“also a reminder that Washington needs to finally live up to its promise to help our automakers compete in our global economy. As president, I will lead an effort to retool plants like the GM facility in Janesville so we can build the fuel-efficient cars of tomorrow and create good-paying jobs in Wisconsin and all across America.”
On December 23, 2008, a month before Obama became president and well before he could enact “terrible energy policies” or any other policy, the plant essentially shut down, giving the sack to thousands of employees.
Only a skeleton crew of a few dozen were maintained beyond that and only to complete an outstanding order of vehicles for Isuzu, work which concluded a few months later in April. Ryan’s narrative was nonsense but became a well-circulated talking-point in right-wing circles.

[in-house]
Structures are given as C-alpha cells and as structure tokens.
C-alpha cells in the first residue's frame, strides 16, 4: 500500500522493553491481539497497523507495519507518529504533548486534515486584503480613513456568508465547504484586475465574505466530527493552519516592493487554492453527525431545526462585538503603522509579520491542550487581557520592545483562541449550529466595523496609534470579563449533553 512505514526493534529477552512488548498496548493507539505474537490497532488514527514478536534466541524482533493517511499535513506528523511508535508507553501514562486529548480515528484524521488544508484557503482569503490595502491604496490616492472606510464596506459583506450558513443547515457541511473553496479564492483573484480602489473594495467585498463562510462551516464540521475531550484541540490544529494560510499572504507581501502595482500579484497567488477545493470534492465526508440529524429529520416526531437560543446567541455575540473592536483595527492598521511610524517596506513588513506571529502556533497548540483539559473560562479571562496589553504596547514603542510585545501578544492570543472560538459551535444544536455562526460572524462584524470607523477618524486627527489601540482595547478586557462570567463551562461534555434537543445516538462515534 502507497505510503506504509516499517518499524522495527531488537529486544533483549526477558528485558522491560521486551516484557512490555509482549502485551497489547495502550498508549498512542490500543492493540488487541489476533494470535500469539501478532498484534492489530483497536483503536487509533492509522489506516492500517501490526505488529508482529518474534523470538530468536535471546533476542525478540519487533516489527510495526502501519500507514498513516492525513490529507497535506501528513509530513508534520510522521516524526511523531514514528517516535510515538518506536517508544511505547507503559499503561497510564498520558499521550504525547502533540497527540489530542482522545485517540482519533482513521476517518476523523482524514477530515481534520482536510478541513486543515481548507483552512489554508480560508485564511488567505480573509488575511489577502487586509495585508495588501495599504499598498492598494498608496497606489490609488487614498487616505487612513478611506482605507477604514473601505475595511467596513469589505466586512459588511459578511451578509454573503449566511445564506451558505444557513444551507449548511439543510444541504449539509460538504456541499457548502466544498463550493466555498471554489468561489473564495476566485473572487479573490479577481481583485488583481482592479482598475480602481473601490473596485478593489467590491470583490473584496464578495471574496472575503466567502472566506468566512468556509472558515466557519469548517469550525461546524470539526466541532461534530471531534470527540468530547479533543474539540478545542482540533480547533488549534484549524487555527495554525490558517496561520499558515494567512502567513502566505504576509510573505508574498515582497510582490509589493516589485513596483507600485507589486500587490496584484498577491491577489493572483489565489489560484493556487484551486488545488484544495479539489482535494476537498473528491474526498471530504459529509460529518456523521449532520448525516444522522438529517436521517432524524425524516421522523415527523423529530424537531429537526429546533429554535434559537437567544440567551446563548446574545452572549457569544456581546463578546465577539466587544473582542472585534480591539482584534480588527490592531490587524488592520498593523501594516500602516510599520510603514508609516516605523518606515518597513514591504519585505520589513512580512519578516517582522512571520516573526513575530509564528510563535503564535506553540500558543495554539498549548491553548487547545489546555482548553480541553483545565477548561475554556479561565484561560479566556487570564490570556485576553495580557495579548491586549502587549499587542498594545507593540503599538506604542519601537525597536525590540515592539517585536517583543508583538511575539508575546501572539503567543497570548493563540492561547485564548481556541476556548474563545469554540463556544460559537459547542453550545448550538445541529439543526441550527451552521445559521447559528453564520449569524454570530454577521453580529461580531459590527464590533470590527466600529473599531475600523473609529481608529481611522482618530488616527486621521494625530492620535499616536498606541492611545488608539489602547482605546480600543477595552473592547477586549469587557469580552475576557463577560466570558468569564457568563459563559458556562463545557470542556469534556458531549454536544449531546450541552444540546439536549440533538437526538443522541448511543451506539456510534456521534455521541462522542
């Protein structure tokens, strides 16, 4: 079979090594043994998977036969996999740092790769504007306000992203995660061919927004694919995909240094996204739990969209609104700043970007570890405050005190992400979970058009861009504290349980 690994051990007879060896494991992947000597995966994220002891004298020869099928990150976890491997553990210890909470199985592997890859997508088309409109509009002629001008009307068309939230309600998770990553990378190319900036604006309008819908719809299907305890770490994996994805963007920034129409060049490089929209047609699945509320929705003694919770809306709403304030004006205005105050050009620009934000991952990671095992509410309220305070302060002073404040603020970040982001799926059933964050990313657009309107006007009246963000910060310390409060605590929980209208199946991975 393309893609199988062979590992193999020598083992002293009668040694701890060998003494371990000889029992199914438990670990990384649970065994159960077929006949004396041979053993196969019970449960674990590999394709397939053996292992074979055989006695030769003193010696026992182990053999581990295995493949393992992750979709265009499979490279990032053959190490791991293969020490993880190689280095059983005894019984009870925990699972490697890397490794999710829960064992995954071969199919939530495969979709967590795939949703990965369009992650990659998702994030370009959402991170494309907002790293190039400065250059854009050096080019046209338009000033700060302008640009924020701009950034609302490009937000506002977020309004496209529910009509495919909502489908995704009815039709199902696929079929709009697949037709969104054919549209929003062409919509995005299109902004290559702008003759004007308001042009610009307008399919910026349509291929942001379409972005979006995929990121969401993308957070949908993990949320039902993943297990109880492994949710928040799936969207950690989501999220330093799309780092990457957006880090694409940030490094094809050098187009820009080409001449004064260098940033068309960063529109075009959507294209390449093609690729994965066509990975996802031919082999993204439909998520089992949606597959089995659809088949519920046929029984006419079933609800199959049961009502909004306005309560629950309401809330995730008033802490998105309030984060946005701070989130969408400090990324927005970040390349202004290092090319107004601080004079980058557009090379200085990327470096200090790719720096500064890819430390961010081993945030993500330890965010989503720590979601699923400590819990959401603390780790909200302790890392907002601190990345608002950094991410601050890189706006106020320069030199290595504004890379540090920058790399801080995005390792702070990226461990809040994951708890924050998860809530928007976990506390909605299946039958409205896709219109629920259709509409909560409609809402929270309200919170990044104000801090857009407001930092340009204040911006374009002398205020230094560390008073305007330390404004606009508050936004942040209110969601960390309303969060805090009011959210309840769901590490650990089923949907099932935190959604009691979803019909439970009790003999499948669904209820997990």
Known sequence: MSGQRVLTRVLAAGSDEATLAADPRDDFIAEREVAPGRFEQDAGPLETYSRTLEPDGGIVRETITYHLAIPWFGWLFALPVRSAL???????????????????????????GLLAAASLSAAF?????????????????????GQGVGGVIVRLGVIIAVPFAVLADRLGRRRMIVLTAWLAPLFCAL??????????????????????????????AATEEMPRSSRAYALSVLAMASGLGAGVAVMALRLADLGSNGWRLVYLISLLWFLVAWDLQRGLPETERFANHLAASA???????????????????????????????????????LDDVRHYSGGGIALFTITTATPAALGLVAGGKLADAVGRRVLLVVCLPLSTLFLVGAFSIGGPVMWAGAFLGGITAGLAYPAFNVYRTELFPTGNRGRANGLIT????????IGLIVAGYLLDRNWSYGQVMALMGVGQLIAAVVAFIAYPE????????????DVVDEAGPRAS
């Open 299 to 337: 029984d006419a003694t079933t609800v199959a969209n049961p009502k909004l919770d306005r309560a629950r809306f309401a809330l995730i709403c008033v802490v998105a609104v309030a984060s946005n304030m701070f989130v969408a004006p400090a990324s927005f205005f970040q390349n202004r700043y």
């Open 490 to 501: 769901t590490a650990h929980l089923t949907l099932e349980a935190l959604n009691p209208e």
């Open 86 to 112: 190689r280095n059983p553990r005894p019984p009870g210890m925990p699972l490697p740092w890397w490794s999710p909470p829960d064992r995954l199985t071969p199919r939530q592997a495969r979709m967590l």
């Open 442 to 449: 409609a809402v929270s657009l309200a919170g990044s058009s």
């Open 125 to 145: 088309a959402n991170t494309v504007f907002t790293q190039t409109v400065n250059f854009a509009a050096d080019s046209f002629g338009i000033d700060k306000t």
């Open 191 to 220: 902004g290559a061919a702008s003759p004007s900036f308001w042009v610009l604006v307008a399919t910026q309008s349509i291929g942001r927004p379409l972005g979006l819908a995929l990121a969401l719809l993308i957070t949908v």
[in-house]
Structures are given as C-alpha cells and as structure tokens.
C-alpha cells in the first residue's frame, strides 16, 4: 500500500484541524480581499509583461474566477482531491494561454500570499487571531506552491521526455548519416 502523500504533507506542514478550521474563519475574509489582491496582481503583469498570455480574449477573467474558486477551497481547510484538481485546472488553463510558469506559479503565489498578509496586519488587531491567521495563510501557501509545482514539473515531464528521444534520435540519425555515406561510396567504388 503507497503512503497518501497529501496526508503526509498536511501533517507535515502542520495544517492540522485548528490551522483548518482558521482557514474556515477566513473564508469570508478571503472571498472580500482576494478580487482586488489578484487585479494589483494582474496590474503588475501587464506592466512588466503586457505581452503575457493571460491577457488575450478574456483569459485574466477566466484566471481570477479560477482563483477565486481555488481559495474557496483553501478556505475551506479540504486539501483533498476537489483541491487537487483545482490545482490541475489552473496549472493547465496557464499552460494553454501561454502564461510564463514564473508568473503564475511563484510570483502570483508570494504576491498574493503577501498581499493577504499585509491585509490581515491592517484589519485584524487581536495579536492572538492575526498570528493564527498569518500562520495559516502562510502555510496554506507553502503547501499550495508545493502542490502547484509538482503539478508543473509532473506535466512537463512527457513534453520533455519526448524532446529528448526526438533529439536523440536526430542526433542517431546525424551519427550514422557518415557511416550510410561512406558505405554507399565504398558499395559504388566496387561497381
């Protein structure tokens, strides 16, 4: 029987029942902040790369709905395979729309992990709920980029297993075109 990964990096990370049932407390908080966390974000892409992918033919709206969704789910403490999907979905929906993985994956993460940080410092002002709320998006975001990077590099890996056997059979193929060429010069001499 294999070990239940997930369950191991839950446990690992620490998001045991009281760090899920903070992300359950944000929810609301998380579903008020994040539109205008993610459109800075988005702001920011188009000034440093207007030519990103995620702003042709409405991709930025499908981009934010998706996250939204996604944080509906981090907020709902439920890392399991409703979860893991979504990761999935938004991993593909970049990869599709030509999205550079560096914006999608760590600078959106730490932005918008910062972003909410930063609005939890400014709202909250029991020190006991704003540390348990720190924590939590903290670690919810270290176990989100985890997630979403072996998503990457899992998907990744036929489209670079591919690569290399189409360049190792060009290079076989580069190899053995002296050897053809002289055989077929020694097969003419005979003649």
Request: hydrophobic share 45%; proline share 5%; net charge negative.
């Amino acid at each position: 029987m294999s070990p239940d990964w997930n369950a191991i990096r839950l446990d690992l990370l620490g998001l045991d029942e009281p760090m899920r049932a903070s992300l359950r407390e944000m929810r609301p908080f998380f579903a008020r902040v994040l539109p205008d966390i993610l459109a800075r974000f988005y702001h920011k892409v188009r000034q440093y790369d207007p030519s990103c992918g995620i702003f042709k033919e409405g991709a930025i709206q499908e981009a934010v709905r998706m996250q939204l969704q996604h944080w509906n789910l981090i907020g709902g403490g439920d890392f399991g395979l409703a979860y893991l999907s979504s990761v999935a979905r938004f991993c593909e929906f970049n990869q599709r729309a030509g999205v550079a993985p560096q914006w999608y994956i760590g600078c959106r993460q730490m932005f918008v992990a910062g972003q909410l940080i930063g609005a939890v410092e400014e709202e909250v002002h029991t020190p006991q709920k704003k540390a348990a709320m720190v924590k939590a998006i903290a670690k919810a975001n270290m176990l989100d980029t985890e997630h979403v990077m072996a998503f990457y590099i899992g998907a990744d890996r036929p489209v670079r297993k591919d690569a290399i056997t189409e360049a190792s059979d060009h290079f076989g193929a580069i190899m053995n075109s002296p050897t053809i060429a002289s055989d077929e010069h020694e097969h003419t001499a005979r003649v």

In his speech to the RNC last night, Ryan talked about the Janesville plant again, significantly modifying his earlier remarks:
“When he [Obama] talked about change, many people liked the sound of it, especially in Janesville, where we were about to lose a major factory… Right there at that plant, candidate Obama said: ‘I believe that if our government is there to support you… this plant will be here for another hundred years.’ That’s what he said in 2008. Well, as it turned out, that plant didn’t last another year. It is locked up and empty to this day. And that’s how it is in so many towns today, where the recovery that was promised is nowhere in sight.”
During MSNBCs post-speech coverage, hosts Ed Schultz and Al Sharpton took issue with Ryan’s false narrative, pointing out that the plant was closed during the Bush administration, before Obama had even become president.